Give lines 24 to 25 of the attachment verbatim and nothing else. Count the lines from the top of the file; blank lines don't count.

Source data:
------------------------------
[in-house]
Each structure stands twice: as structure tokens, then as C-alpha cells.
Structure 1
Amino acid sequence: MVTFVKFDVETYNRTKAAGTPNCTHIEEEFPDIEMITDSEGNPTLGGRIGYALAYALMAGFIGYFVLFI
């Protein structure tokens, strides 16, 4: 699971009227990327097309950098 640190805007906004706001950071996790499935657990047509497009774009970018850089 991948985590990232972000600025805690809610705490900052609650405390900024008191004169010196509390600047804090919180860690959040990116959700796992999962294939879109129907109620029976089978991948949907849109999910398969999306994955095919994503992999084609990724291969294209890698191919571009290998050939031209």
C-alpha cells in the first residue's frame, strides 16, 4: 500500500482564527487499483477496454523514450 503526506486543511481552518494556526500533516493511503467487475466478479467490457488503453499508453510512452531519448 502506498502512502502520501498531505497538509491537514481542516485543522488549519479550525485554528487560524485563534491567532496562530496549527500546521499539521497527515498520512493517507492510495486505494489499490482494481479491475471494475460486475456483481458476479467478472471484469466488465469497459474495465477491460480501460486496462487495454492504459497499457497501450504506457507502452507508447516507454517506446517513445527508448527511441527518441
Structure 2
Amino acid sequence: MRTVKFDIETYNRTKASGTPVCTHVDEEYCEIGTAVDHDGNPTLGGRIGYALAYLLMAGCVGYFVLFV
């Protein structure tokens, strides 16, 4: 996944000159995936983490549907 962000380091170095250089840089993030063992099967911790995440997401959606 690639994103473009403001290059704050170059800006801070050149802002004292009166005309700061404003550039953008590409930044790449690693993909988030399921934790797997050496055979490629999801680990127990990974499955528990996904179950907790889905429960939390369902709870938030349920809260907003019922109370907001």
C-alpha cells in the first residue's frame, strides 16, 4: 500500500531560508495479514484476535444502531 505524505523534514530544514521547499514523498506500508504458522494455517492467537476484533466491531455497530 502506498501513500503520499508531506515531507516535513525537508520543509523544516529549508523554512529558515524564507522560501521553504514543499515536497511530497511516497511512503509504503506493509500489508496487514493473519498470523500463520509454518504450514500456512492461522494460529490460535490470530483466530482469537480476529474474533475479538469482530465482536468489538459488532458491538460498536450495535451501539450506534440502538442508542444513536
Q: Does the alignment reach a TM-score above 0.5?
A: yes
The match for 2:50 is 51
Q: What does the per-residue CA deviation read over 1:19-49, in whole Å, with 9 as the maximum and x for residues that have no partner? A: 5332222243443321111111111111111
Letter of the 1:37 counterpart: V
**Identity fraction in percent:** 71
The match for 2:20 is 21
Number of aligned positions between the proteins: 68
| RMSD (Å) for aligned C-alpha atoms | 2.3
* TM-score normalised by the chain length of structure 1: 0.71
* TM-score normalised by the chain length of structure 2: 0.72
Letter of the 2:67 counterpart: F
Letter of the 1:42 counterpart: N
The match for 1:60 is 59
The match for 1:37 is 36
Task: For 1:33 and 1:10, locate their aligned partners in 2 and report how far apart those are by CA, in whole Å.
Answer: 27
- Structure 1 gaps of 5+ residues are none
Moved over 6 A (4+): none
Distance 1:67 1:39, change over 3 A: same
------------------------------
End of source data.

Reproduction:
The match for 1:60 is 59
The match for 1:37 is 36